Outdoor Life


Early paddle boat design, circa 1900.

“When the sun’s rays fell upon the Comal River, a magical play of blue and green color was produced. The depth of the water is deceptive, owing to its clearness which enables one to see every pebble on the bottom. The temperature of the water is always the same with a steady flow year round. For this reason it smokes like a hot spring during the winter months… during such a time the inhabitants will always find a warm bath of the most pleasant kind.”

– Dr. Ferdinand von Roemer, 1846

“A small seam of trees indicates the course of the Guadalupe River and the cypress take rank among the latter with their mighty trunks, ten feet in diameter, rising out of the water. The beautiful stream flows in a deep bed and a natural prairie meadow one-fourth mile wide, extends between the river and a gently rising chain of hills, on which mesquite trees were scattered.” 

– Dr. Ferdinand von Roemer, 1846


Family picnic, 1882.

Situated on some of the most lush, verdant land in Texas, it’s no surprise outdoor recreation became a staple of New Braunfels’ way of life. The Comal Springs are the largest in the entire American Southwest, blessed with an average of 185 million gallons of gushing cold, crystal-clear water per day.


Trophy catfish, 1931.

Early on, New Braunfels’ two rivers were the source of power for industry, but they were just as prized for family outings, picnics, fishing, swimming, and other playful uses. In May of 1860, notable merchant Joseph Landa purchased the land where the largest springs formed a natural lake, and “Landa Pasture” quickly became a favorite recreation spot for visitors to New Braunfels. Helen Gould, daughter of railroad financier Jay Gould, found herself so impressed with the natural beauty of the area she decided to convince both her father and the Landas to build a railroad spur into the area, so others could enjoy the picturesque setting. Within a year, train excursions from San Antonio and Austin brought a new daily industry—tourism—to New Braunfels.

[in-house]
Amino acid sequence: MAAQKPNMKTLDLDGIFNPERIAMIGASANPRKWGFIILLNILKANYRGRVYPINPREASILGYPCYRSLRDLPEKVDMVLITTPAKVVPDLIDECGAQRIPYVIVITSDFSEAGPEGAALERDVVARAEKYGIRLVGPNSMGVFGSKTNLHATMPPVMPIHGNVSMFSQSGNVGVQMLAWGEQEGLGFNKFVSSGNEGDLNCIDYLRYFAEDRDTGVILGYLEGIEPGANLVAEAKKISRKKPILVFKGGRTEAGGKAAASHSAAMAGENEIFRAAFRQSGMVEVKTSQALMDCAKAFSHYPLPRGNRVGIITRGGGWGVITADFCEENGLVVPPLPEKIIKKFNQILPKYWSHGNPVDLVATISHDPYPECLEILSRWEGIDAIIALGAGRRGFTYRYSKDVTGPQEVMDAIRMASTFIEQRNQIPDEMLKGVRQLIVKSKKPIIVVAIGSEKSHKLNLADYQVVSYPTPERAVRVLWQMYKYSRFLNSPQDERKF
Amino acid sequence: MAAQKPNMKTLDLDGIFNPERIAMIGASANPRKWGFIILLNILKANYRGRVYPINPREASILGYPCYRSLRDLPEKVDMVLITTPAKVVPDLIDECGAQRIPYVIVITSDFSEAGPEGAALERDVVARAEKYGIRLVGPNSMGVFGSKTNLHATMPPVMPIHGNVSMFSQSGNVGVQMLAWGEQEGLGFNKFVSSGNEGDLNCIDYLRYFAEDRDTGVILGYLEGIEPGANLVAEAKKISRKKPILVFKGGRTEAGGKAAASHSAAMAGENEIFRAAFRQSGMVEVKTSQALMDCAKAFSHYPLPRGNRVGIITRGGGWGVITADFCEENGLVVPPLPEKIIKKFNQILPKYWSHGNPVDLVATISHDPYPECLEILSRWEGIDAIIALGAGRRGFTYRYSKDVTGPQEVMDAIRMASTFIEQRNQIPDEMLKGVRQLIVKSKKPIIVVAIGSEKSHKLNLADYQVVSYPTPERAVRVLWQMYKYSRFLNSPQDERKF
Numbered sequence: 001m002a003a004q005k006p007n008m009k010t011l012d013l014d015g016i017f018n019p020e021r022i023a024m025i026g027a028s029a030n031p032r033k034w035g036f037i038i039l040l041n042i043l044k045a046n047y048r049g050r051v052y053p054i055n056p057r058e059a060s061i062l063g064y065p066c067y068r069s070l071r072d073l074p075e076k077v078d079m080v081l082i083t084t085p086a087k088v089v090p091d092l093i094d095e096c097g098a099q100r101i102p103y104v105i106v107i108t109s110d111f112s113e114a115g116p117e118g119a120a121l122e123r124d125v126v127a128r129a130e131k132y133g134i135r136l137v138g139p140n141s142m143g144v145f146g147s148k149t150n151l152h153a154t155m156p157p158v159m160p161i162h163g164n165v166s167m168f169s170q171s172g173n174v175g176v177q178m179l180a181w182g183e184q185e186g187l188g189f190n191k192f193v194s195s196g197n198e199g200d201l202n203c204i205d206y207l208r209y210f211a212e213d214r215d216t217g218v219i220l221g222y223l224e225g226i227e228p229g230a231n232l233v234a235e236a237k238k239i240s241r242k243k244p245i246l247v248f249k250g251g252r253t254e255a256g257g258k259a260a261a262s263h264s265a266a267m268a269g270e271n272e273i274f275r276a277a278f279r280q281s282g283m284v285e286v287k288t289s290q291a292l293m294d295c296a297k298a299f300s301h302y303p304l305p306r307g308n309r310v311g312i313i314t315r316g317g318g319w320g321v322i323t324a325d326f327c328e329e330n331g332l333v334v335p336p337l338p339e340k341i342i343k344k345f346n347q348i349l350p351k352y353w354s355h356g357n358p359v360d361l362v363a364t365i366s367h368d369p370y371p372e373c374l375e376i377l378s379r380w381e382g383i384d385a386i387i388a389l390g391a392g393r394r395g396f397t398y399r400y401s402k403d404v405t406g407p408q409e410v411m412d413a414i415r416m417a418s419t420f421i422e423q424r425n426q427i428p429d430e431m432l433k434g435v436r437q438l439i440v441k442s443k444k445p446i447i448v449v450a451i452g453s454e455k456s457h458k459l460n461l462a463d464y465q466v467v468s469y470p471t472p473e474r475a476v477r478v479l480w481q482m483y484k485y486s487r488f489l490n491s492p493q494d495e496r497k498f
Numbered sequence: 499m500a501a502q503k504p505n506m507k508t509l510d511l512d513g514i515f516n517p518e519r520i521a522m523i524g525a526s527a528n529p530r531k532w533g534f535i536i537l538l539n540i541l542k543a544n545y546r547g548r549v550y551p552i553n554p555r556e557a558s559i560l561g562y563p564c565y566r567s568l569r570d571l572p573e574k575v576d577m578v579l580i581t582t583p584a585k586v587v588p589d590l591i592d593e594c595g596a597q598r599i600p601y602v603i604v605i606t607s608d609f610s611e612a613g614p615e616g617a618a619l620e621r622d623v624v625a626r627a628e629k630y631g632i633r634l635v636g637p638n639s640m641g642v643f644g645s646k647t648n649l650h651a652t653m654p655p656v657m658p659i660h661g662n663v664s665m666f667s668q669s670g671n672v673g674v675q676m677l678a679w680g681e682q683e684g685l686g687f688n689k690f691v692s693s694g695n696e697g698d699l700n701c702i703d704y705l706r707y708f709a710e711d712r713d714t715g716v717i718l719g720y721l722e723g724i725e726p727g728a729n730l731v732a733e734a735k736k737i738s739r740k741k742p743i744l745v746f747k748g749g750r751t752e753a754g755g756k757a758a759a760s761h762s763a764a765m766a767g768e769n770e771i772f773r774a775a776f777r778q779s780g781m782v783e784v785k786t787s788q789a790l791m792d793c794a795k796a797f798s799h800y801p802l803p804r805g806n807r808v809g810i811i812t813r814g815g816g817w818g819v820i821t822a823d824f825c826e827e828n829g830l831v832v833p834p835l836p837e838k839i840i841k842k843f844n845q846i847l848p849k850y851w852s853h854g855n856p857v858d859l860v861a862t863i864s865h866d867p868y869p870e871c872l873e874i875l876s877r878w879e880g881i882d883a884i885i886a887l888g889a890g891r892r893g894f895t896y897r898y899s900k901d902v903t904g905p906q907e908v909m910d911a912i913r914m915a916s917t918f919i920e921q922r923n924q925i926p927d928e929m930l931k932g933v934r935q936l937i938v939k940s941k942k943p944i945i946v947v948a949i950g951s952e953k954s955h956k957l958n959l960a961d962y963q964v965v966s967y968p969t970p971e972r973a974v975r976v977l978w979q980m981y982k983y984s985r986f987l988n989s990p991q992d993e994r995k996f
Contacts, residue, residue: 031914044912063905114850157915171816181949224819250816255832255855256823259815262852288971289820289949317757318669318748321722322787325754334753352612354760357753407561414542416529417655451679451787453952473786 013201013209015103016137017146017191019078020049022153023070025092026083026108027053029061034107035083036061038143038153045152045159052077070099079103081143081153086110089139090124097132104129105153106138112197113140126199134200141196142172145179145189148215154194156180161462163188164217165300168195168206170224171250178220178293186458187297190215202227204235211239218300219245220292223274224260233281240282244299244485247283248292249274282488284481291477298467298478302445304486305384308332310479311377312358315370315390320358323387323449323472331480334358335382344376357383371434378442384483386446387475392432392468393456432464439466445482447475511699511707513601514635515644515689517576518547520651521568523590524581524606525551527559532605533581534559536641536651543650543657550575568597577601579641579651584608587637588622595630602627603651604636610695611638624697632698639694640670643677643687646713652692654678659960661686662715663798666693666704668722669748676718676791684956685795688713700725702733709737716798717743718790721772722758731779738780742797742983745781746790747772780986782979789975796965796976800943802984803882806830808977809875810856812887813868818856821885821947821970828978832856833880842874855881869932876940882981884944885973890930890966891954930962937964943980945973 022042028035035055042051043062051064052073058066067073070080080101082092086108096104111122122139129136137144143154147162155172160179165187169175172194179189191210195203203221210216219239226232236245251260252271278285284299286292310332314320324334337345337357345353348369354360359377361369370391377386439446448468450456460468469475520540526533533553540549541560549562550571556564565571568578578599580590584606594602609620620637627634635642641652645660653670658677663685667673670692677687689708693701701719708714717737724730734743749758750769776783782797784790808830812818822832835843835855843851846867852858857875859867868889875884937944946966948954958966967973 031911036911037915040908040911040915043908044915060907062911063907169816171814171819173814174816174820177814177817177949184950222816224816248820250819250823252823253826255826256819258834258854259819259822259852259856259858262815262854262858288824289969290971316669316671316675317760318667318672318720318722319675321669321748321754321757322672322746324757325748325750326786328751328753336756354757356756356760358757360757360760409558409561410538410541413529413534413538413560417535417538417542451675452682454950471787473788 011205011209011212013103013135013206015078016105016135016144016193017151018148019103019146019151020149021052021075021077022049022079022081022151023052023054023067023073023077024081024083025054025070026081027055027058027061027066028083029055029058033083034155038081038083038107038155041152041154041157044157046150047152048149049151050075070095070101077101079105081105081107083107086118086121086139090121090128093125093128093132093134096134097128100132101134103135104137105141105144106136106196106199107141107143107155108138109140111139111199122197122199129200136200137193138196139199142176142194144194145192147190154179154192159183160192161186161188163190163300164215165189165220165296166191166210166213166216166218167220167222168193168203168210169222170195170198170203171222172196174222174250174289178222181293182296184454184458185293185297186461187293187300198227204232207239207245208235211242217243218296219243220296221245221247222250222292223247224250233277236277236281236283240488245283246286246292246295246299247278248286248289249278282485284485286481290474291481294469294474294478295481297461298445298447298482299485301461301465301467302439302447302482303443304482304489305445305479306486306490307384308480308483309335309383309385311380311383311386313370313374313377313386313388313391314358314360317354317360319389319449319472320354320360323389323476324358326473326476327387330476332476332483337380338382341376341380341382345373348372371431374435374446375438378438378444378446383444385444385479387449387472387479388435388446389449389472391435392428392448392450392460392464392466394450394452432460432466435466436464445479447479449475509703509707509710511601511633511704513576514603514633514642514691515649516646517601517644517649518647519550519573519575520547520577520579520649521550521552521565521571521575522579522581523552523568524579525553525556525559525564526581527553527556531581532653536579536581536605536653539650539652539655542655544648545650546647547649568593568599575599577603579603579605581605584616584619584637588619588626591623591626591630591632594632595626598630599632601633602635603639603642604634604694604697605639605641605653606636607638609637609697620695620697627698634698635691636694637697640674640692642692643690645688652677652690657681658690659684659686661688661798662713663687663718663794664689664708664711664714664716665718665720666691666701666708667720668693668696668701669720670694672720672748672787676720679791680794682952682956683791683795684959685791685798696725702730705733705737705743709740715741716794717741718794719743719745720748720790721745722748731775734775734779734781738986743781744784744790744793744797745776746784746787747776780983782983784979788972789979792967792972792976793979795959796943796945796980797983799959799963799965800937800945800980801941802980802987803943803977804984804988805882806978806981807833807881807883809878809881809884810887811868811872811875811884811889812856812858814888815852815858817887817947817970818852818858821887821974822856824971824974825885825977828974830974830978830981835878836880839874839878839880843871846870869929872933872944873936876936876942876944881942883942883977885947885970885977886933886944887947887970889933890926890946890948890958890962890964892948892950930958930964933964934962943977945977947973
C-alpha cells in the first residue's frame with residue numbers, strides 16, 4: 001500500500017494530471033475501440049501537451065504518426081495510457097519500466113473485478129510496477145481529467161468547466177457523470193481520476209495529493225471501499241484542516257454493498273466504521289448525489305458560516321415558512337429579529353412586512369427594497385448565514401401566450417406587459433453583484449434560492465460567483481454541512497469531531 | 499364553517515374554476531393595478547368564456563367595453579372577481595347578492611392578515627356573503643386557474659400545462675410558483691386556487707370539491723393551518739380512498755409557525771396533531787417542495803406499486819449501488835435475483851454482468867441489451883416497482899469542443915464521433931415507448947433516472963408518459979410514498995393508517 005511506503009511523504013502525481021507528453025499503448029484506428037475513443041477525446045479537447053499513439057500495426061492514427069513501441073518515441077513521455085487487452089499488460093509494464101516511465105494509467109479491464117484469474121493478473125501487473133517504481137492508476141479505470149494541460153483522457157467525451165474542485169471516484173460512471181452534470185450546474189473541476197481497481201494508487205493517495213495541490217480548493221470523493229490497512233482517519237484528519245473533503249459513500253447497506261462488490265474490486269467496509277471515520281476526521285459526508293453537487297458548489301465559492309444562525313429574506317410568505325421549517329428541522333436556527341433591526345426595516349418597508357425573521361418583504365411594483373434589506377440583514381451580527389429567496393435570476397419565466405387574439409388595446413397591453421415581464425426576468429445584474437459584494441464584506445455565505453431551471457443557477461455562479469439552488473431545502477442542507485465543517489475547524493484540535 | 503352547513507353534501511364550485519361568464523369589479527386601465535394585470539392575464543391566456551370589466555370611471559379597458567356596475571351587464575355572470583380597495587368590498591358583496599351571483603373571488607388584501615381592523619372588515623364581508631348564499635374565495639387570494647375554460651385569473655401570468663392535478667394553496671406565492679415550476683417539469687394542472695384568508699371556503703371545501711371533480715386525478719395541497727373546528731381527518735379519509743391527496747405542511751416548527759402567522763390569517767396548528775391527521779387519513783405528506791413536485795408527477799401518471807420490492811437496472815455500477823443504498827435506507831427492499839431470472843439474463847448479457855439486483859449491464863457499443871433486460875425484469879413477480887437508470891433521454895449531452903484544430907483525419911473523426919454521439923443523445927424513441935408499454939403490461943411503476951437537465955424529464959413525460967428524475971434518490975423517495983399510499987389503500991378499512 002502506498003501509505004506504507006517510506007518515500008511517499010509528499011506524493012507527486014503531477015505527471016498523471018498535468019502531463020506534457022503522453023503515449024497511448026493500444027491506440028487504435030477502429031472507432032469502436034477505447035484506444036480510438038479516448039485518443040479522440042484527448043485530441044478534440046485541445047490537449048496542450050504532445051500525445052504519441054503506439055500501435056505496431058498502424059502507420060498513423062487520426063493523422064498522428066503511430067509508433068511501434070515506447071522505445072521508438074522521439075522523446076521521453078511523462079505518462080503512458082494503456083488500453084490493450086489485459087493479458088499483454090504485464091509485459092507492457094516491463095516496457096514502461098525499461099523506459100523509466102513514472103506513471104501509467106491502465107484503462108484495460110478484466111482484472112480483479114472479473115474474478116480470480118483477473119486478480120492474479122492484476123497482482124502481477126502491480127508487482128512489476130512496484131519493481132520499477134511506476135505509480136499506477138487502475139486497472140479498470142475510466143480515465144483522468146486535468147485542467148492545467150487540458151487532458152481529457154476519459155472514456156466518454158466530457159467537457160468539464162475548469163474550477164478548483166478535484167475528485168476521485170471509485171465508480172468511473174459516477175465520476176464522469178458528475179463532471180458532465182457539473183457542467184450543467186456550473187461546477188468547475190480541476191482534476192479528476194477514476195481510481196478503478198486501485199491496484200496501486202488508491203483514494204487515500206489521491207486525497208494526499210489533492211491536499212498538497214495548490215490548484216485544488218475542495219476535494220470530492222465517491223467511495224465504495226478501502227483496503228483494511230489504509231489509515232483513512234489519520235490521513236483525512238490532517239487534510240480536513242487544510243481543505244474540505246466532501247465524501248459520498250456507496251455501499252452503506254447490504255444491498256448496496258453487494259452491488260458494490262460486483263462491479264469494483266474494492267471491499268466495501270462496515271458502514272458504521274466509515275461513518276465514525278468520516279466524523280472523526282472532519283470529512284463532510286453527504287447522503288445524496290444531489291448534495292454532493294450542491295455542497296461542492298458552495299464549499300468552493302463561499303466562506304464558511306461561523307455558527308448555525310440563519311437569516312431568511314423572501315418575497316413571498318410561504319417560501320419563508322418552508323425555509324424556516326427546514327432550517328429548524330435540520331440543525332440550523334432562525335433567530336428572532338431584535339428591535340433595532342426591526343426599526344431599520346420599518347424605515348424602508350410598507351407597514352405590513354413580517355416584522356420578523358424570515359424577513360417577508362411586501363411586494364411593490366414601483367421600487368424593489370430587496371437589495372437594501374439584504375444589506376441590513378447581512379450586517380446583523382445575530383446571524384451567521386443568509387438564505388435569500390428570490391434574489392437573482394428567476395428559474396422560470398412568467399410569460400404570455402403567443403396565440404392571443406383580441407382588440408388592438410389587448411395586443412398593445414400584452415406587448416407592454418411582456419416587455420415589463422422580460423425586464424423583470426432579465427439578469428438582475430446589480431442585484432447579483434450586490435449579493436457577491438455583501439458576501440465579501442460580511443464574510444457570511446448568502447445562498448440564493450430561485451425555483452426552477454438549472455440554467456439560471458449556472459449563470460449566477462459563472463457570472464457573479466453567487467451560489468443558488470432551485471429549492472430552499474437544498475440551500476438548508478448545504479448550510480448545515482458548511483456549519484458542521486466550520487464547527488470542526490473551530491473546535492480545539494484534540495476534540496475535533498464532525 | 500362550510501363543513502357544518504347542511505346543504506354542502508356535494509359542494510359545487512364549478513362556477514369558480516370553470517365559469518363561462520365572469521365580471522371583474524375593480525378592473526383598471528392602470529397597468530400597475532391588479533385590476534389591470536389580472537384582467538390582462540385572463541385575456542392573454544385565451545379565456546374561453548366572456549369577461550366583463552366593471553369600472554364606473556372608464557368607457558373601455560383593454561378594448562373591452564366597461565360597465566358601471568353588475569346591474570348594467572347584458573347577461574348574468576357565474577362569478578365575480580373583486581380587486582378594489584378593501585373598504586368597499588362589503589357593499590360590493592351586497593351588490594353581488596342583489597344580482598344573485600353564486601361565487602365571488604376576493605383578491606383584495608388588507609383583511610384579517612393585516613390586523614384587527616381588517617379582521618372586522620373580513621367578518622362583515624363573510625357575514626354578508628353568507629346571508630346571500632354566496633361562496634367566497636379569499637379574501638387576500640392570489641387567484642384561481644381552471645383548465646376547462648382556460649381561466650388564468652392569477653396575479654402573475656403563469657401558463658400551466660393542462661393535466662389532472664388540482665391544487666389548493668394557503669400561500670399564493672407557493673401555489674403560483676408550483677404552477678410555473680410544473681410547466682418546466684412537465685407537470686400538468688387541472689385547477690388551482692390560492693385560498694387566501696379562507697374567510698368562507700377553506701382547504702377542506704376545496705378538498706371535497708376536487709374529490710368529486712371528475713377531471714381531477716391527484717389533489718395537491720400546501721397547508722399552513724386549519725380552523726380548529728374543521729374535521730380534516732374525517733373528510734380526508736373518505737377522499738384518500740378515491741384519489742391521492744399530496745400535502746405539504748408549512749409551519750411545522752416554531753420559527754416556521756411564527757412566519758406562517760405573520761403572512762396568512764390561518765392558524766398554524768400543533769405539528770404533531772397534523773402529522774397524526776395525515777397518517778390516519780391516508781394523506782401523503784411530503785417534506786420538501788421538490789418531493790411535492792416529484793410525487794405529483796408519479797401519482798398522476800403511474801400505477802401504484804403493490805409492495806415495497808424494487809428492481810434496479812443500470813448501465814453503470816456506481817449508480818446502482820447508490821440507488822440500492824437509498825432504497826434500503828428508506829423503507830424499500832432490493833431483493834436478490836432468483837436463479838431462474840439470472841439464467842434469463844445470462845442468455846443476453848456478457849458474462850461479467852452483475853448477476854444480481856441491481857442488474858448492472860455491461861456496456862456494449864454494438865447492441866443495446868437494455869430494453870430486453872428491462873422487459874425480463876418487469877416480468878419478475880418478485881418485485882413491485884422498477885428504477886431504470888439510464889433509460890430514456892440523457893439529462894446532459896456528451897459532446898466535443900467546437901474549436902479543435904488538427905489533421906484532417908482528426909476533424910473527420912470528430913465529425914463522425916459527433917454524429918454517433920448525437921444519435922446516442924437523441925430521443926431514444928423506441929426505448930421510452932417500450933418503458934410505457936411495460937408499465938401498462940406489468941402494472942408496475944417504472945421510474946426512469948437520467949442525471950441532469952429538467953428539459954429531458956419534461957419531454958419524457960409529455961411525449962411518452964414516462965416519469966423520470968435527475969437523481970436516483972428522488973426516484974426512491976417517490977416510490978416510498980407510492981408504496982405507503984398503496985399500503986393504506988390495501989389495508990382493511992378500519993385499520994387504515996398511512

The city opened the Comal Baths in 1900, where children and adults learned how to swim. Today, the city still conducts thousands of swimming lessons each year. A Texas A&M professor opened Camp Warnecke in 1918 to conduct summer school sessions along the banks of the Comal River. From humble beginnings, the camp grew to 100 cabins, a recreation hall, and a popular restaurant. A few decades later, this location is now part of another thriving resort—Schlitterbahn, the world’s #1 rated water park.


Comal Baths, where swim lessons were taught, circa 1920.

Steamboat excursions began on Landa Lake in 1920. In 1936 the city purchased 128 acres of Landa’s Pasture, and purchased 72 additional acres later. The city-run Landa Park is now a hub of family and tourist activity, including popular paddle boat trips.


Camp Placid and spring-fed pool in Landa Park, circa 1920.